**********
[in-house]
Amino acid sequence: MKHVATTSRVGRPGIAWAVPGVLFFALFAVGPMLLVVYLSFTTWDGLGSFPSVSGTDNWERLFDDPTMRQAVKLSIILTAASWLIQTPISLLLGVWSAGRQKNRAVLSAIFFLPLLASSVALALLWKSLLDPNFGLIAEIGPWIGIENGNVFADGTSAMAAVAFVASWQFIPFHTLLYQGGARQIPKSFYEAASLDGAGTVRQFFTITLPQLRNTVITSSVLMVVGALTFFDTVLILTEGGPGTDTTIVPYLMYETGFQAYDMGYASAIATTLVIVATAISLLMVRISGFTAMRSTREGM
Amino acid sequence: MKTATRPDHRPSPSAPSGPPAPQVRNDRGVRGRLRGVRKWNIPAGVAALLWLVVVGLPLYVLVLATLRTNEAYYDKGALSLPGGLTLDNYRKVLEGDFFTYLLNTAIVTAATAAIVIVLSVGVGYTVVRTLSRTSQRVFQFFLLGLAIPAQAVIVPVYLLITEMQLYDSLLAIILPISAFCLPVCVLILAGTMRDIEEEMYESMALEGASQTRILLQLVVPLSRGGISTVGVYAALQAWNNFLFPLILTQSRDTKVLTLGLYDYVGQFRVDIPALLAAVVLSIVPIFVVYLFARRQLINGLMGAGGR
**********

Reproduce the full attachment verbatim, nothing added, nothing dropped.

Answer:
[in-house]
Amino acid sequence: MKHVATTSRVGRPGIAWAVPGVLFFALFAVGPMLLVVYLSFTTWDGLGSFPSVSGTDNWERLFDDPTMRQAVKLSIILTAASWLIQTPISLLLGVWSAGRQKNRAVLSAIFFLPLLASSVALALLWKSLLDPNFGLIAEIGPWIGIENGNVFADGTSAMAAVAFVASWQFIPFHTLLYQGGARQIPKSFYEAASLDGAGTVRQFFTITLPQLRNTVITSSVLMVVGALTFFDTVLILTEGGPGTDTTIVPYLMYETGFQAYDMGYASAIATTLVIVATAISLLMVRISGFTAMRSTREGM
Amino acid sequence: MKTATRPDHRPSPSAPSGPPAPQVRNDRGVRGRLRGVRKWNIPAGVAALLWLVVVGLPLYVLVLATLRTNEAYYDKGALSLPGGLTLDNYRKVLEGDFFTYLLNTAIVTAATAAIVIVLSVGVGYTVVRTLSRTSQRVFQFFLLGLAIPAQAVIVPVYLLITEMQLYDSLLAIILPISAFCLPVCVLILAGTMRDIEEEMYESMALEGASQTRILLQLVVPLSRGGISTVGVYAALQAWNNFLFPLILTQSRDTKVLTLGLYDYVGQFRVDIPALLAAVVLSIVPIFVVYLFARRQLINGLMGAGGR